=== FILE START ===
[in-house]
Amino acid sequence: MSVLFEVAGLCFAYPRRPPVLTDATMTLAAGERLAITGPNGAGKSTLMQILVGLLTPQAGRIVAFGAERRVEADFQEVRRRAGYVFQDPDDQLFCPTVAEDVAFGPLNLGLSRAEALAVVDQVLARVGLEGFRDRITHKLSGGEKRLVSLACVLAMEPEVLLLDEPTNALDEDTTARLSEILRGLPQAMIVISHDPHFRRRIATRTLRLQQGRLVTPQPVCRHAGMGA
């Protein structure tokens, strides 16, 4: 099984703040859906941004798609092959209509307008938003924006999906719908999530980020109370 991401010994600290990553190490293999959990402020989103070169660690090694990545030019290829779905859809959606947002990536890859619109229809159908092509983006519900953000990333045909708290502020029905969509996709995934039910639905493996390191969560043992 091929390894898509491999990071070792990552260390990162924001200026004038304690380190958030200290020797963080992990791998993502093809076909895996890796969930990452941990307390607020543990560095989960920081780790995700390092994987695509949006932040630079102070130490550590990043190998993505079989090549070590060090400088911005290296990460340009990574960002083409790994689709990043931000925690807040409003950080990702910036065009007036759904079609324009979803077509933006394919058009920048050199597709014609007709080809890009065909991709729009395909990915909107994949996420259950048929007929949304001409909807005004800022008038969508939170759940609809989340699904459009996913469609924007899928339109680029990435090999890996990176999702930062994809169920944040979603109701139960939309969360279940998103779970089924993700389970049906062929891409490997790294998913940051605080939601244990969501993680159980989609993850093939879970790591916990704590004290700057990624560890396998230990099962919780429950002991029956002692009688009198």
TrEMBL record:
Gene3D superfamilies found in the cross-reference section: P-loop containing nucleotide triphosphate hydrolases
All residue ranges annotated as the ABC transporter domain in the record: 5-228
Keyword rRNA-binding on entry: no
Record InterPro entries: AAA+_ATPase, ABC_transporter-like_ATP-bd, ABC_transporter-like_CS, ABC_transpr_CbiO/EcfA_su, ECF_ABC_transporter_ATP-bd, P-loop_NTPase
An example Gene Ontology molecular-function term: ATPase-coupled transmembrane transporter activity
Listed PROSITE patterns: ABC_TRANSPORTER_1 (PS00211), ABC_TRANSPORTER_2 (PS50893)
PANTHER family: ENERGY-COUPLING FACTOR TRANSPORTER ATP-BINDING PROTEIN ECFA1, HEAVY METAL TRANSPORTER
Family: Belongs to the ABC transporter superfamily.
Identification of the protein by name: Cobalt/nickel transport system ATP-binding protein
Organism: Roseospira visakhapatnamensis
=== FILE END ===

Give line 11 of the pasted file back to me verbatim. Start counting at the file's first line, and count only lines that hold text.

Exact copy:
PANTHER family: ENERGY-COUPLING FACTOR TRANSPORTER ATP-BINDING PROTEIN ECFA1, HEAVY METAL TRANSPORTER